Photo courtesy of Munger Wine Walk.

The 2019 Munger Wine Walk ended up being the most expensive event Dolores Wolfe ever attended.

She was living in Little Forest Hills at the time, but after she toured the houses, she decided she wanted to move there.

There were only a few homes available, and the one she chose needed some work. It took about four months, with a crew of 10 working each day to fix up the property.

Her home on Tremont, which was built in 1908, is one of the five homes featured in this year’s Munger Wine Walk & Home Tour.

The Munger Place Historic District claims to be Texas’ largest Prairie-style community. It was created in 1905 by cotton gin manufacturer Robert S. Munger and his son, Collett H. Munger. The first homes had to cost at least $2,000, be two stories and couldn’t face a side street.

Here’s how it works. Guests can check in at any of the five historic houses. They’ll get a wrist band and a brochure, which functions as the ticket. The brochures have information about each of the properties, and the homeowners will be at each house.

Munger Wine Walk map 2022.

Everyone gets two pours of wine, provided by Jimmy’s Food Store, at each home, and there will also be appetizers at each home.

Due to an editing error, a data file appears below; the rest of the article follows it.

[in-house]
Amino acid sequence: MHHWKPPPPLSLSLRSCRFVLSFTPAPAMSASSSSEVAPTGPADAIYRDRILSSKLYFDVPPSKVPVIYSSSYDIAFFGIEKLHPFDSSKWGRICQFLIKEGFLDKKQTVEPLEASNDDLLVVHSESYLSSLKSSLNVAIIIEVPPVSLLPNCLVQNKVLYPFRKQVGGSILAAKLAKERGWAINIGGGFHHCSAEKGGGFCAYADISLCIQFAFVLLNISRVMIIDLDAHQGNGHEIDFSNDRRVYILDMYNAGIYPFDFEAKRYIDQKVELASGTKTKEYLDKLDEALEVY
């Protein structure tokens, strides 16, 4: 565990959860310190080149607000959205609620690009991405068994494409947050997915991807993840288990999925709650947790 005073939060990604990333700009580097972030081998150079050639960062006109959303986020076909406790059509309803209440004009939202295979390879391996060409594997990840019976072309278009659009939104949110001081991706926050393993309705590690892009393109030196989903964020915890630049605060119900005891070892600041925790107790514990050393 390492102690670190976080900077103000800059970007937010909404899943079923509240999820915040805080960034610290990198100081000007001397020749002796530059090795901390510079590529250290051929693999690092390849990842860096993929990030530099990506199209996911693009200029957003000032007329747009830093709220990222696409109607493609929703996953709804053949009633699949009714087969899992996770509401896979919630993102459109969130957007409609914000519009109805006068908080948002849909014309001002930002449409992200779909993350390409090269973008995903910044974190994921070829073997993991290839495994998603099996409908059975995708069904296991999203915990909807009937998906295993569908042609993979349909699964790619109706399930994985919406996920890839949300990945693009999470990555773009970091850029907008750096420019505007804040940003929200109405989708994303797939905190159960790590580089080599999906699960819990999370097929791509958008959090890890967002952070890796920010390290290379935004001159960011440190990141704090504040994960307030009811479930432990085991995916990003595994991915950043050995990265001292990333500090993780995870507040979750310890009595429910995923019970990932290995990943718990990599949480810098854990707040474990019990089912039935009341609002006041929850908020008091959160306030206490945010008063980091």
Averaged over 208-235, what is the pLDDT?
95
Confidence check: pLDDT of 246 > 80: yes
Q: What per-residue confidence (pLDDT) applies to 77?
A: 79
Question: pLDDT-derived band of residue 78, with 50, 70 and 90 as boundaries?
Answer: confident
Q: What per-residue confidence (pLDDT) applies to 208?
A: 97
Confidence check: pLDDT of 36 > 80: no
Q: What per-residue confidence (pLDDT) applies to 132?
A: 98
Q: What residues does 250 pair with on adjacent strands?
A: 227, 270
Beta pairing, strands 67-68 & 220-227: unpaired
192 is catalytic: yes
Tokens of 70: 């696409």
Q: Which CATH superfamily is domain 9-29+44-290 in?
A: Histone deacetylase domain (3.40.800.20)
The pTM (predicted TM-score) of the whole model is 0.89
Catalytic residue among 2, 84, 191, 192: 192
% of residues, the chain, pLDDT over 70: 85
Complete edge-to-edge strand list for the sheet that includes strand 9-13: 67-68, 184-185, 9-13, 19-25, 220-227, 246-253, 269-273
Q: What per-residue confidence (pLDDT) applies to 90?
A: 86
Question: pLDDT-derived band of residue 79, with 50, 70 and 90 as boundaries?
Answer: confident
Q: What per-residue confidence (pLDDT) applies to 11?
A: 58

One home is sponsored by Talulah & Hess, which is providing champagne instead of wine.

In addition, there will be local artists and business owners on the porch of each home selling their products, including paintings, prints, glass jewelry and vases, hand-crafted pieces from Mexico and more. The artists are Artesanias Zahra Darwish, ShoMoGlass, Dallas Cigar, Suzy Mortiz-Rawdin and Ross von Rosenberg.

After the walk, there will be a raffle and party at Garden Café starting at 8 p.m.

It costs $30 for a standard ticket and $60 for a premium ticket. After April 15, the prices of both tickets increase by $15 each.

The wine walk starts at 4 p.m. April 23.


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